Morphometric Variation of Fishery-Exploited Muricidae (Hexaplex trunculus) in the Mediterranean Sea and the Northeastern Atlantic Ocean: Implications for Stock Identification

Abstract : Morphological studies of species with wide distribution range and high commercial value, such as the banded murex Hexaplex trunculus (Linnaeus, 1758), provide information on stock structure, which is the basis for understanding fish population dynamics and enable resource assessment for fisheries management. In the present study, we examined morphological variation among Atlantic and Mediterranean populations of H. trunculus using multivariate analysis. Our results supported the existence of four distinguishable stocks (Atlantic, Alboran, Western Mediterranean and Eastern Mediterranean), correctly classified 71.7% of specimens, and indicated significant degrees of variation in morphometric characteristics between regions. Examination of the contribution of each morphometric variable to the principal components and canonical functions indicated that differences among samples seemed to be associated with the shell and aperture length and width. Samples from the Atlantic Ocean and the Alboran Sea had the largest shell size and the greatest morphometric divergence. This strong morphometric differentiation appears to be associated with local environmental factors (exposure on the rocky shores, food availability and predation) and oceanographic current barriers.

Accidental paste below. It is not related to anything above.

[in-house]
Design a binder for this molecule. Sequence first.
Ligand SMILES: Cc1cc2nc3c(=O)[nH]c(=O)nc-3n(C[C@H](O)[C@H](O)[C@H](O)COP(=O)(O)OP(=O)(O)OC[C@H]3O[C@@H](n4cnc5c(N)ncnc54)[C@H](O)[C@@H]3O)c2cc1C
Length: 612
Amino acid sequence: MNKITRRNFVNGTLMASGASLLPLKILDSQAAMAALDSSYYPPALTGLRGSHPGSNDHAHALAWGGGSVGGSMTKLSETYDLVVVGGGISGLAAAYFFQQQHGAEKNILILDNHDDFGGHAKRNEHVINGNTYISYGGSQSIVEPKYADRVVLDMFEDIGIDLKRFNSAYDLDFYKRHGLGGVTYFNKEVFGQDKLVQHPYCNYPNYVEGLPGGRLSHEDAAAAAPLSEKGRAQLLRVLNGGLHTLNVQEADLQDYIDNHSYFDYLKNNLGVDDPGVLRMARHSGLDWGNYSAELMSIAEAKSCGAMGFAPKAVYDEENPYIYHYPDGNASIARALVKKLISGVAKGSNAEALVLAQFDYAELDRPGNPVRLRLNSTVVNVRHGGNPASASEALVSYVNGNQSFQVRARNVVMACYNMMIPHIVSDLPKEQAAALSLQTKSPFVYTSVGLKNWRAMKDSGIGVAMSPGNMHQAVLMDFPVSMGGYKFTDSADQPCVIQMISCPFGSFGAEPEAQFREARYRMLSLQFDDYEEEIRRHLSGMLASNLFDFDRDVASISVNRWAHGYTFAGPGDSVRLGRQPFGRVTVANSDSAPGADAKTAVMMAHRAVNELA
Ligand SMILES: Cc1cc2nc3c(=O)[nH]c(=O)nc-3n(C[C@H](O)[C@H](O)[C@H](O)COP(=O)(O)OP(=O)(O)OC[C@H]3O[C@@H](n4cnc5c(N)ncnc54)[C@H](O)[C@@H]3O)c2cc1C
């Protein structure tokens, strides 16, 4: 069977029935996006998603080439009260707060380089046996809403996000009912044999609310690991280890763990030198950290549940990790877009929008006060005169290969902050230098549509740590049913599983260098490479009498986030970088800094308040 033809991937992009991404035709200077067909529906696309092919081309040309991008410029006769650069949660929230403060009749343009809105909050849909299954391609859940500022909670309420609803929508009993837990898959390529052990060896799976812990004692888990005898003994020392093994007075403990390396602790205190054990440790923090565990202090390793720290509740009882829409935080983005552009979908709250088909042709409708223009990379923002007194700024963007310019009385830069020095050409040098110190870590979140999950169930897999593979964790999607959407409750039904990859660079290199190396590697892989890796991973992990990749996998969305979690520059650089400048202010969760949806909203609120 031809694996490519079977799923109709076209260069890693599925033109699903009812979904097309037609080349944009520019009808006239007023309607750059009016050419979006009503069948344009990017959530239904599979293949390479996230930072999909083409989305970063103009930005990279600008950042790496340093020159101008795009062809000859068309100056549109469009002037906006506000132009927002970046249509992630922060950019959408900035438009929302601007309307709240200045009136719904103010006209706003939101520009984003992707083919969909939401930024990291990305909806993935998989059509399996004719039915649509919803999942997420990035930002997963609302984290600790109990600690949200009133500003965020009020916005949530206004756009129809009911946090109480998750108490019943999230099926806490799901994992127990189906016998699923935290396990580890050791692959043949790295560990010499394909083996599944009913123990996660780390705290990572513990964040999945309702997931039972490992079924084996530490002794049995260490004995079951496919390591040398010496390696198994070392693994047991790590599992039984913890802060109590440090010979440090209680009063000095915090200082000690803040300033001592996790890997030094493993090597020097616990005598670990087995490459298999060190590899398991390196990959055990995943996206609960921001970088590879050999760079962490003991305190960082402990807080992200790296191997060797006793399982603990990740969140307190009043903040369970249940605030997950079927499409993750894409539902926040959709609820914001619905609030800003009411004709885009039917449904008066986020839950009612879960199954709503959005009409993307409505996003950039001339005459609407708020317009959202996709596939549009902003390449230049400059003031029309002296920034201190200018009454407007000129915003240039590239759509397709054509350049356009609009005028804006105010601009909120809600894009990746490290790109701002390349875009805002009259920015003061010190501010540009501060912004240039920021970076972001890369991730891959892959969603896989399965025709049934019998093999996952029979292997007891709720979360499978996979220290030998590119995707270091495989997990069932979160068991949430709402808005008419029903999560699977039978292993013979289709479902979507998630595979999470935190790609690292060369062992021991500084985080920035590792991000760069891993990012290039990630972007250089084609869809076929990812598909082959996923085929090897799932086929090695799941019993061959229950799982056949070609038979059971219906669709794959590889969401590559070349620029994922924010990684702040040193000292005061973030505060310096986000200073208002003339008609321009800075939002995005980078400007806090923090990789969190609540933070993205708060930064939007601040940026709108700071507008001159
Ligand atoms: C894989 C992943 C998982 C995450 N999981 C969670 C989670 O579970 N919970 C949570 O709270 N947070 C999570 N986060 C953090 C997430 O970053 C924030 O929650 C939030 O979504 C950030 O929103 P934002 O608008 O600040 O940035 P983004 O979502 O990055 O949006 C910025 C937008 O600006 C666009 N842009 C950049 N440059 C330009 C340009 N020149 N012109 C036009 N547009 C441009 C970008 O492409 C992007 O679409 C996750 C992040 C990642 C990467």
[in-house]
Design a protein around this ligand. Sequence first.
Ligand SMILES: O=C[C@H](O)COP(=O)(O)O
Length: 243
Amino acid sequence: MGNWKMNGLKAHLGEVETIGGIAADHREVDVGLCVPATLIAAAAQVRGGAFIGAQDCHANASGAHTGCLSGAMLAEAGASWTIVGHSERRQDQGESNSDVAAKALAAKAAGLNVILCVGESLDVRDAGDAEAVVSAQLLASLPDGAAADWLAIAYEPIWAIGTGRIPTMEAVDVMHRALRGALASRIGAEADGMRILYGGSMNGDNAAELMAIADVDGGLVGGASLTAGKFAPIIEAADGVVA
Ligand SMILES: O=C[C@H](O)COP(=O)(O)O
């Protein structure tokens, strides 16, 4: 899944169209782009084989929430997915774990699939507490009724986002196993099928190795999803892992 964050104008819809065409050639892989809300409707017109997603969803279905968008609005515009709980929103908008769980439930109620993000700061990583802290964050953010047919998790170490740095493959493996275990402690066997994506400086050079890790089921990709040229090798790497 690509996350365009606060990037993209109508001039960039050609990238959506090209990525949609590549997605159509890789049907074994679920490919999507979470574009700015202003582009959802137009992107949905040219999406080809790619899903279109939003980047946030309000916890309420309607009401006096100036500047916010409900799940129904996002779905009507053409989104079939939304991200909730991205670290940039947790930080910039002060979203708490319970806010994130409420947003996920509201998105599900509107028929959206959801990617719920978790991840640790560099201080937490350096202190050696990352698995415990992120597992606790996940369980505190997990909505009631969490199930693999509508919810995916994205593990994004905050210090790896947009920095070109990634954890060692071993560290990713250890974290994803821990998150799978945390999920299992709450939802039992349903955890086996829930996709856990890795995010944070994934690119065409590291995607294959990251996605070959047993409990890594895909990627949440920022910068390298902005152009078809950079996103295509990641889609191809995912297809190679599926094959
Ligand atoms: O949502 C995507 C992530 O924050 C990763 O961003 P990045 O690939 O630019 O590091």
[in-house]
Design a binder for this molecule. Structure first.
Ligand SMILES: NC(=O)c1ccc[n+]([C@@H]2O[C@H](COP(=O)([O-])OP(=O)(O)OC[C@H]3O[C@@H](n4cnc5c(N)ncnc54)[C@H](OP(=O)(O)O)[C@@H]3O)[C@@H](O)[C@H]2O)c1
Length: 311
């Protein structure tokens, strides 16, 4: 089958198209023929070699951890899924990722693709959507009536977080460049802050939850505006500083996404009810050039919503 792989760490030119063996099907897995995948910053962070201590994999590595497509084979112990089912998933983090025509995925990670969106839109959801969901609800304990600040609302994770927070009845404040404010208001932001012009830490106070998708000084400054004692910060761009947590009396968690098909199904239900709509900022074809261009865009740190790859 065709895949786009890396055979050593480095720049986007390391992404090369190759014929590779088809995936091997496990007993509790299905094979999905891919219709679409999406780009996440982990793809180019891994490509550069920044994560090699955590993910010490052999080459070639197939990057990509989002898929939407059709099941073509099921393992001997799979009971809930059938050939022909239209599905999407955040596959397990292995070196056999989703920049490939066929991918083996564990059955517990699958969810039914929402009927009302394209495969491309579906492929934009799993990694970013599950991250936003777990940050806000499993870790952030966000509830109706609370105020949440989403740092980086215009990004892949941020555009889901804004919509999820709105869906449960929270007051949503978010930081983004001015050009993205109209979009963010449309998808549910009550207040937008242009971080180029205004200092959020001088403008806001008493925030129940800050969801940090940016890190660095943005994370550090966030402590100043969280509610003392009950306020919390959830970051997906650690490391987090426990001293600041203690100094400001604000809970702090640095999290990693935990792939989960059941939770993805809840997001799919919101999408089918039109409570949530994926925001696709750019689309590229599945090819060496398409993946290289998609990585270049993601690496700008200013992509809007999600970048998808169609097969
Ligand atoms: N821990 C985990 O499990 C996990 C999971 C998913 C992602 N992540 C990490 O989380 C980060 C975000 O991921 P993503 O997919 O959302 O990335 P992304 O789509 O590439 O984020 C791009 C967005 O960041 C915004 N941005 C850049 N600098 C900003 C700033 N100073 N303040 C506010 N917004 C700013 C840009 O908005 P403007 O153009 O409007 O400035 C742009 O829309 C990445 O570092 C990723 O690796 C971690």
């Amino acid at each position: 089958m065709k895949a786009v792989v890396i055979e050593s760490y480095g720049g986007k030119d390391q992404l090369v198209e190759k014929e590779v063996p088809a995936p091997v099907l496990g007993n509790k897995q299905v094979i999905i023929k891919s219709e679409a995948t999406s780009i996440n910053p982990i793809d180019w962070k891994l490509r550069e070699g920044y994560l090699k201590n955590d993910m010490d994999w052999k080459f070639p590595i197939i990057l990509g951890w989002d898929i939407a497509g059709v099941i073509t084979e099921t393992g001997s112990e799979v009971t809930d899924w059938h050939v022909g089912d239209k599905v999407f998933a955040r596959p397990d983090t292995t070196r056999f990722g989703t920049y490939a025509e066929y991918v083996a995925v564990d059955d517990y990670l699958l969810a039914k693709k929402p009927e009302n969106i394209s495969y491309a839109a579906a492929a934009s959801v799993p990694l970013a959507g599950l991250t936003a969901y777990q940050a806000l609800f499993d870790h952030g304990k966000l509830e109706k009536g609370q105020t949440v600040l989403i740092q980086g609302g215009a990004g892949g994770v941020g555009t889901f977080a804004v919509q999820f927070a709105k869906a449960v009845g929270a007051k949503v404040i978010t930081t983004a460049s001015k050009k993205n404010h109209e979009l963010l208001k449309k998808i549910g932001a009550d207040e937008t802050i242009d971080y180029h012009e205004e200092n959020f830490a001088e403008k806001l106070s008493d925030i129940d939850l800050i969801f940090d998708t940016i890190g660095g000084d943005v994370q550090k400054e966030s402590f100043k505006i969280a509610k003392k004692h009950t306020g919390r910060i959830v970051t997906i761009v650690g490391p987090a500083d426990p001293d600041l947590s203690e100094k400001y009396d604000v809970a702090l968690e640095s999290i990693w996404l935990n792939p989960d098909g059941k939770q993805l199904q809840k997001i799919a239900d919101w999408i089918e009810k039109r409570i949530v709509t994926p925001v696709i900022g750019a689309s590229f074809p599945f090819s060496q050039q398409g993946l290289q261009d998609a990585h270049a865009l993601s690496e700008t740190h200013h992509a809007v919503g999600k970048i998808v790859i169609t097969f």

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Zined Marzouk, Anne Chenuil, Hager Blel, Khaled Saïd. Morphometric Variation of Fishery-Exploited Muricidae (Hexaplex trunculus) in the Mediterranean Sea and the Northeastern Atlantic Ocean: Implications for Stock Identification. Turkish Journal of Fisheries and Aquatic Sciences, Central Fisheries Research Institute, 2016, 16 (2), pp.327--338. ⟨10.4194/1303-2712-v16_2_13⟩. ⟨hal-01444628⟩

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